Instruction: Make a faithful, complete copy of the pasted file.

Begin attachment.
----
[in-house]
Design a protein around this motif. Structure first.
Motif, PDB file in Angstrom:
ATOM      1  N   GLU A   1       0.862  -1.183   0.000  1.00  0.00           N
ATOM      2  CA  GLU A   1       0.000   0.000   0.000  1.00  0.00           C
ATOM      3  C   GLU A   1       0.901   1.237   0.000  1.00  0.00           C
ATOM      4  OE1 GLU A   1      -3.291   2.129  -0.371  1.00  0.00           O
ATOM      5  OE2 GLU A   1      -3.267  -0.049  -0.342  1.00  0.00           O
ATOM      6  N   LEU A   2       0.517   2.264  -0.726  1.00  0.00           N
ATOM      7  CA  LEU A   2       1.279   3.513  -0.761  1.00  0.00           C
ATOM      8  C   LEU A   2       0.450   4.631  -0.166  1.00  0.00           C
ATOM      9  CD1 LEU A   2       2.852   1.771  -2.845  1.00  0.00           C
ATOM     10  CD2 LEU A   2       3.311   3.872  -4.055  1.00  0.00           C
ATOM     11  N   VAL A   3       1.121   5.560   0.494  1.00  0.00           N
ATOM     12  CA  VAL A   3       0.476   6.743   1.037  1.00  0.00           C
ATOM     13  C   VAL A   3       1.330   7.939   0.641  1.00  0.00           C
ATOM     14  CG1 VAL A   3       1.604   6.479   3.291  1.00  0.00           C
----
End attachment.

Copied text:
[in-house]
Design a protein around this motif. Structure first.
Motif, PDB file in Angstrom:
ATOM      1  N   GLU A   1       0.862  -1.183   0.000  1.00  0.00           N
ATOM      2  CA  GLU A   1       0.000   0.000   0.000  1.00  0.00           C
ATOM      3  C   GLU A   1       0.901   1.237   0.000  1.00  0.00           C
ATOM      4  OE1 GLU A   1      -3.291   2.129  -0.371  1.00  0.00           O
ATOM      5  OE2 GLU A   1      -3.267  -0.049  -0.342  1.00  0.00           O
ATOM      6  N   LEU A   2       0.517   2.264  -0.726  1.00  0.00           N
ATOM      7  CA  LEU A   2       1.279   3.513  -0.761  1.00  0.00           C
ATOM      8  C   LEU A   2       0.450   4.631  -0.166  1.00  0.00           C
ATOM      9  CD1 LEU A   2       2.852   1.771  -2.845  1.00  0.00           C
ATOM     10  CD2 LEU A   2       3.311   3.872  -4.055  1.00  0.00           C
ATOM     11  N   VAL A   3       1.121   5.560   0.494  1.00  0.00           N
ATOM     12  CA  VAL A   3       0.476   6.743   1.037  1.00  0.00           C
ATOM     13  C   VAL A   3       1.330   7.939   0.641  1.00  0.00           C
ATOM     14  CG1 VAL A   3       1.604   6.479   3.291  1.00  0.00           C